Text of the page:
“We are what we repeatedly do. Excellence, then, is not an act, but a habit.” – Aristotle Habit forming is a topic that’s close to my heart. I was able to go from being an unhealthy university student, …
You are proud of yourself: you have lost weight and you feel like a champion!
Then someday, something relatively harmless happens: while walking in a mall, you see someone eating a delicious looking ice cream dessert. It doesn’t take long until you start feeling like eating the same kind of dessert yourself. In fact, you turn back on your heels and walk in to the ice cream bar – and order the same dessert as other person you just saw. As days go by, you start to eat ice cream more and more. Also, other types of sweets and desserts become familiar to you too.
Consider these scenarios and the similarities in them: You keep eating healthy food during the week but when the weekend comes, you diet mainly consists of junk food; You wake up early during the weekdays, but on weekends you tend to wake up late, thus losing your productivity; You have implemented a healthy habit of drinking water while you work, but you “forget” this habit when it’s the weekend.
If this is you, then welcome to the club! I have experienced these same things myself. In fact, I felt I wasn’t honest to myself. I was living with the productive and healthy habits only 80% at a time. I knew I had to change. Otherwise the remainder 20% of the time would ruin my good habits and the benefits I got from them.
Many of us are aware of habits we need to change or establish in order to live the life we want. But how exactly do we change our habits? Unfortunately, forming a habit doesn’t come out of reading as many blog posts as possible about the topic.
One aspect I was struggling with was to regain my physical health, which I believed would then support my quest to recover from major depression. I recognized that exercise is one key to my physical and mental health. Yet, knowing is one thing, doing is another.
What’s the first thing you do when you wake up in the morning? Really think about it. It might vary a little bit day to day, but overall I bet it’s something you do day in and day out, over and over again, without really thinking about it.
This is of course not a bad thing, but is simply a habitual thing. Regardless of the consequences, habits become an automatic and natural process for how we live life. The way we respond and interact in the world becomes a conditioned pattern of behaviors; often to the point where we don’t even realize the behaviors we engage in.
What role do habits play in your life? Do you have habits and behaviors that aren’t suiting the life you desire? If so, they can be changed. It just takes a little effort, desire, and commitment.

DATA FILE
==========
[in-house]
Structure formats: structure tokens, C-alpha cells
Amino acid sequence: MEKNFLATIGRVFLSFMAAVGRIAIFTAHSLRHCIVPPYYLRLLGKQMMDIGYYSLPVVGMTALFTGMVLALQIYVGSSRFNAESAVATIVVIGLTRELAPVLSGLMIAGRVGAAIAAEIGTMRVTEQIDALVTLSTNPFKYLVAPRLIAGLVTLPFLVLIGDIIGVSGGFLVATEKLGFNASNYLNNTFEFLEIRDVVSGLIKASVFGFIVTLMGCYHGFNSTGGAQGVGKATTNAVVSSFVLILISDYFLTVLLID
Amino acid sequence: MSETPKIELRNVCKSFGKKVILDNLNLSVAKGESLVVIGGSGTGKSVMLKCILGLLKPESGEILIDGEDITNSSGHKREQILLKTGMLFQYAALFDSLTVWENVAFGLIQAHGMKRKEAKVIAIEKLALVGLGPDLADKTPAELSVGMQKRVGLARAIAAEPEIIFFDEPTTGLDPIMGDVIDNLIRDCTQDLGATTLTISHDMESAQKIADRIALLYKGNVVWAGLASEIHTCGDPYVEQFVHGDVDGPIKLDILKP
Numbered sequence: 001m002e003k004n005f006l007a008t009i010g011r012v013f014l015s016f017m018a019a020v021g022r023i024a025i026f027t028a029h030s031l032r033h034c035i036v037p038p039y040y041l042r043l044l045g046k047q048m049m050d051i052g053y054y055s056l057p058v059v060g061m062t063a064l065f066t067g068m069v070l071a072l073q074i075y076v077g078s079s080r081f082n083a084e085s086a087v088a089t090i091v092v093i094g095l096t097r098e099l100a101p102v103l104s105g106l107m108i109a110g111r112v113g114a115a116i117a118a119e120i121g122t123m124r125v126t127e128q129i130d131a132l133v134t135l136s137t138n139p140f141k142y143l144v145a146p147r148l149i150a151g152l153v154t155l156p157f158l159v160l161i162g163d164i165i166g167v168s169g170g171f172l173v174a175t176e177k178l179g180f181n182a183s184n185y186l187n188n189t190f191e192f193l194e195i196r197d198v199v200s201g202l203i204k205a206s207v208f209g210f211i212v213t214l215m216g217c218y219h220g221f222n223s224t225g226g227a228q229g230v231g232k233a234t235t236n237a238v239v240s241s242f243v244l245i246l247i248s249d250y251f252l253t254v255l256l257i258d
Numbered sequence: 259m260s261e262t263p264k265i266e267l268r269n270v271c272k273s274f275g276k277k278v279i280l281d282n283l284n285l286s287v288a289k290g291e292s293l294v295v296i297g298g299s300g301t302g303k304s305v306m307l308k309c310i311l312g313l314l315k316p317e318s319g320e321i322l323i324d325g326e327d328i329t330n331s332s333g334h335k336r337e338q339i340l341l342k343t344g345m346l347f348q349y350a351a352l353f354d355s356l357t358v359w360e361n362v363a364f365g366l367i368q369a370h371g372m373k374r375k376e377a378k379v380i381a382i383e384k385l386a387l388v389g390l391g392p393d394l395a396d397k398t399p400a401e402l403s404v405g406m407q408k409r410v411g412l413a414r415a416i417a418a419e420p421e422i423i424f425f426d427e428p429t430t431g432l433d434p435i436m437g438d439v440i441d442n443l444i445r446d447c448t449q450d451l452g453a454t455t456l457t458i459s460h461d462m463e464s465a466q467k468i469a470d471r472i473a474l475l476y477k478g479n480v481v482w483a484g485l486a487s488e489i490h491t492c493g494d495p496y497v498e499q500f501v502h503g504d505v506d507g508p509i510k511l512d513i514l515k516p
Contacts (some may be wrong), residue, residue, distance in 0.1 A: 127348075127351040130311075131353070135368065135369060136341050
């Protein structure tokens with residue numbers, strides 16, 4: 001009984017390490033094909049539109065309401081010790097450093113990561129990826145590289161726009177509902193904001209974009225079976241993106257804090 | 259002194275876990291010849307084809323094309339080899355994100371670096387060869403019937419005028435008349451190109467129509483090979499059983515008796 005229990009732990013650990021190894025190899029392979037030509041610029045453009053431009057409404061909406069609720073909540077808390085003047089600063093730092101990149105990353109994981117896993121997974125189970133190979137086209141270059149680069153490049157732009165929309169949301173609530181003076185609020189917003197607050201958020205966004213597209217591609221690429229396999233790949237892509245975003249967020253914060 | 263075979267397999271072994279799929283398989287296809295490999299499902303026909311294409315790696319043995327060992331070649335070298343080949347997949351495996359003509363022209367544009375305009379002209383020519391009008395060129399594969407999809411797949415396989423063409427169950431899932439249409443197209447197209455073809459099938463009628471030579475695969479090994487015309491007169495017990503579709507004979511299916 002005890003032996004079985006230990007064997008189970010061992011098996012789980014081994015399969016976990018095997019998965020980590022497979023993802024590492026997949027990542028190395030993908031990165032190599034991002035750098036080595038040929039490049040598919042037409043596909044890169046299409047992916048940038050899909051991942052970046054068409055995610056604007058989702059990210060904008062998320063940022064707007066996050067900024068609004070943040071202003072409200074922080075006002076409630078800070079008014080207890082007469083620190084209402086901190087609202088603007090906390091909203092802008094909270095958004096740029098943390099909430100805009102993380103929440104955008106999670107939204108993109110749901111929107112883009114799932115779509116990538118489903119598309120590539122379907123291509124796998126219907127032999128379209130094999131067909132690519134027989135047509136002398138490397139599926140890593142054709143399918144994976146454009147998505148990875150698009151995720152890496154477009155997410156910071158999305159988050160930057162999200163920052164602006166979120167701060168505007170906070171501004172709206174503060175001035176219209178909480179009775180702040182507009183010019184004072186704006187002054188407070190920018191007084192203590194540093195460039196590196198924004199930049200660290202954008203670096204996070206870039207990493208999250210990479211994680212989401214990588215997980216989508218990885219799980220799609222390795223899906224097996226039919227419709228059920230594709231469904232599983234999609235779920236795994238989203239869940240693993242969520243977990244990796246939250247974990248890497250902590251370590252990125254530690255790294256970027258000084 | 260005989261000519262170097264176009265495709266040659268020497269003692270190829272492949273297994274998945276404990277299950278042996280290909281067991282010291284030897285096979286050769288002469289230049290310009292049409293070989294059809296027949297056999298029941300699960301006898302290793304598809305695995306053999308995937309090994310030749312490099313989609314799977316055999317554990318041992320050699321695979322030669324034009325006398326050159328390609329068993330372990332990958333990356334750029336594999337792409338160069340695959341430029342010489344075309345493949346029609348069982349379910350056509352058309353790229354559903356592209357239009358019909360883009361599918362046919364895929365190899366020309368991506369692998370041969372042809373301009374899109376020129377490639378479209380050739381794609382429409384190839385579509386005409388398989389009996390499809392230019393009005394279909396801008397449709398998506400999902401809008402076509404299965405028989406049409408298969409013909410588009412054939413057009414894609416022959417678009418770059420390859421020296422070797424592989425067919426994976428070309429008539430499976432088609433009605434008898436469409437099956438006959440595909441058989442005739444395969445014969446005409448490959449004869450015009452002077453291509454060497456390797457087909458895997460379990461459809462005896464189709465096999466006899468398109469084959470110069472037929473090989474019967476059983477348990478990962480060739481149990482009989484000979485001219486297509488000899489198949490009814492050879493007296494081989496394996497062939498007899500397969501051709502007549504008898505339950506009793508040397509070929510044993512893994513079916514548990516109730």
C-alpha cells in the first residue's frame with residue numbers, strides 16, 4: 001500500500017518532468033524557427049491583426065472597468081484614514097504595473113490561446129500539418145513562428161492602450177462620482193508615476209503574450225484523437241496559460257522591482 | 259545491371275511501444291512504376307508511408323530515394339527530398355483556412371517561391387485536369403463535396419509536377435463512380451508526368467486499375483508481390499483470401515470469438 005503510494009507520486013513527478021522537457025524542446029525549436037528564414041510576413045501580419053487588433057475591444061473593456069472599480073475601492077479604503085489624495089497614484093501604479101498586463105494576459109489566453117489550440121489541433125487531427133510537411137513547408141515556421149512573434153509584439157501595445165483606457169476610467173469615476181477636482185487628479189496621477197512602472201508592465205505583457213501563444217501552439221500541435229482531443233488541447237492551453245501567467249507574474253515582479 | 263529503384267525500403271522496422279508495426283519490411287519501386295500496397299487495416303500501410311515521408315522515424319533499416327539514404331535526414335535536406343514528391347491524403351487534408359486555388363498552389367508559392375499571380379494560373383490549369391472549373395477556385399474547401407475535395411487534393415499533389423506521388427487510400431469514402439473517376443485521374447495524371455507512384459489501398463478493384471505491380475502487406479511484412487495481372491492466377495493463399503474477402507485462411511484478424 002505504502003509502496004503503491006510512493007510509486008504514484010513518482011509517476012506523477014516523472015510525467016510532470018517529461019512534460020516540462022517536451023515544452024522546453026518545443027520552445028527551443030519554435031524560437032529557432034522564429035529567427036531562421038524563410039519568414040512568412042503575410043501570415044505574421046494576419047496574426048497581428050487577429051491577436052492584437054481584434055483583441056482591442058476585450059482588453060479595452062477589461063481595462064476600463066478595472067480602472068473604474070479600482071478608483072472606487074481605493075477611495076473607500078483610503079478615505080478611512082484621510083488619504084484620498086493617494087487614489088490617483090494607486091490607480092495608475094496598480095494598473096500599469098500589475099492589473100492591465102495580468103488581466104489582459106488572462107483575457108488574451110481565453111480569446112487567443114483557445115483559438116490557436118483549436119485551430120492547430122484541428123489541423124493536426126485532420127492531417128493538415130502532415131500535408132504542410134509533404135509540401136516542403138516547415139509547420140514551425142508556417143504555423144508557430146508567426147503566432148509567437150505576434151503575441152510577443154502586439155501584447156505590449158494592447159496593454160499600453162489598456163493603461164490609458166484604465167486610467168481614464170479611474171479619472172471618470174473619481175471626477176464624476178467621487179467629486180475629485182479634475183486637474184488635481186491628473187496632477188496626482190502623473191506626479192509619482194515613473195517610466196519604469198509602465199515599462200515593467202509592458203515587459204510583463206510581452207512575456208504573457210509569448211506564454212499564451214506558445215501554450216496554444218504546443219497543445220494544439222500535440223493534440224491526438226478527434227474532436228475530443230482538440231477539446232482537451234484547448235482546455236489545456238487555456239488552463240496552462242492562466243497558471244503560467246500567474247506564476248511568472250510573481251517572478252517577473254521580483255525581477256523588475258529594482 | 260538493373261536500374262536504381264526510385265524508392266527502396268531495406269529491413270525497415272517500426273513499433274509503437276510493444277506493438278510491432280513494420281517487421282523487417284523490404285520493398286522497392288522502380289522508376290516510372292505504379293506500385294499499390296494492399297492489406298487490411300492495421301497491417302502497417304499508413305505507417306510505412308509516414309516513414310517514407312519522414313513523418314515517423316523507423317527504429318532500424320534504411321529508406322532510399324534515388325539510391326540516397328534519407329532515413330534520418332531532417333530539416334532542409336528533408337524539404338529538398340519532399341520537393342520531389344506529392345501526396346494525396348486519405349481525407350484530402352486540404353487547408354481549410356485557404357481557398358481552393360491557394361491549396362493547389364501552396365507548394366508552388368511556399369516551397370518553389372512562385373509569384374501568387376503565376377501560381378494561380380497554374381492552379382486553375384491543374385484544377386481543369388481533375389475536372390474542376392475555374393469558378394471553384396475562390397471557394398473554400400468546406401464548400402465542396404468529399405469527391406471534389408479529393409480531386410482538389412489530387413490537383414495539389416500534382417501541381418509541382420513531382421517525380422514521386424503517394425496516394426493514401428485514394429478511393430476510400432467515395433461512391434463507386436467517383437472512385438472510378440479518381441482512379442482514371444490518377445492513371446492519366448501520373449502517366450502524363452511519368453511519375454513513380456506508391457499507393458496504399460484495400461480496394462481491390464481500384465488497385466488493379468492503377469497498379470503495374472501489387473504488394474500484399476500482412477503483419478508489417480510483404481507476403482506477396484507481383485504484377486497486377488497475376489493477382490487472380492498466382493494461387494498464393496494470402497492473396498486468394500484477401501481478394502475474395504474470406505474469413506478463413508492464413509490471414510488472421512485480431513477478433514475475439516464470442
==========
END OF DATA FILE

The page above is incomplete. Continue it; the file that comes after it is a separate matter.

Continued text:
Happiness — I want it, you want it, we all want it. Just the fact that you’re reading The Change Blog means that you and I are on a similar path—seeking for those nuggets of wisdom that will bring us more peace, joy, and personal fulfillment.
After having owned a businesses for about 10 years in the swimming pool industry, a little over a year ago I commenced a new quest in life to satiate my need to teach and help as many possible to achieve their full potential. This is also why I asked Peter if I could contribute a guest post to The Change Blog. So if you’re looking for ‘change’, if you want more joy and fulfillment out of life, here are 7 qualities that, for me, have made all the difference:
I struggle when it comes to using a ton of will-power to make changes in my life. I might manage it for a day or two, but it’s not long before I simply give up – I’ve put so much effort in that I’m exhausted.
Do you ever feel the same? Perhaps you stick determinedly to your diet for a week, but then you just can’t resist that candy bar or slab of cake – especially when everyone else is tucking in. Or maybe you make it through the first three chapters of a business book – but then you get busy and you can’t seem to find the time to carry on.
I’ve noticed that, while I struggle to stick with things which take willpower, I don’t have any problem keeping up with the habits that I’ve established in my life. I imagine it’s the same for you. You’ll have all sorts of current habits like:
The rule of Habit: Every time you re-perform an activity it gets easier and easier to perform; to the point where virtually no mental effort will eventually be involved in the re-performance of the activity. The opposite of this is also true, whenever you refrain from an activity it becomes increasingly more difficult to perform, until you have virtually no desire to perform the activity.
We know that everything that appears in our life first originates from our thoughts. If a habit is in our life, we know the parents of that habit was, and continues to be our thoughts.
My most successful habit change, by far, has been to go from working 80-100 hours a week to working ‘normal’, human hours. Sometimes I take Fridays off and don’t even work 40 hours a week. Sometimes I work …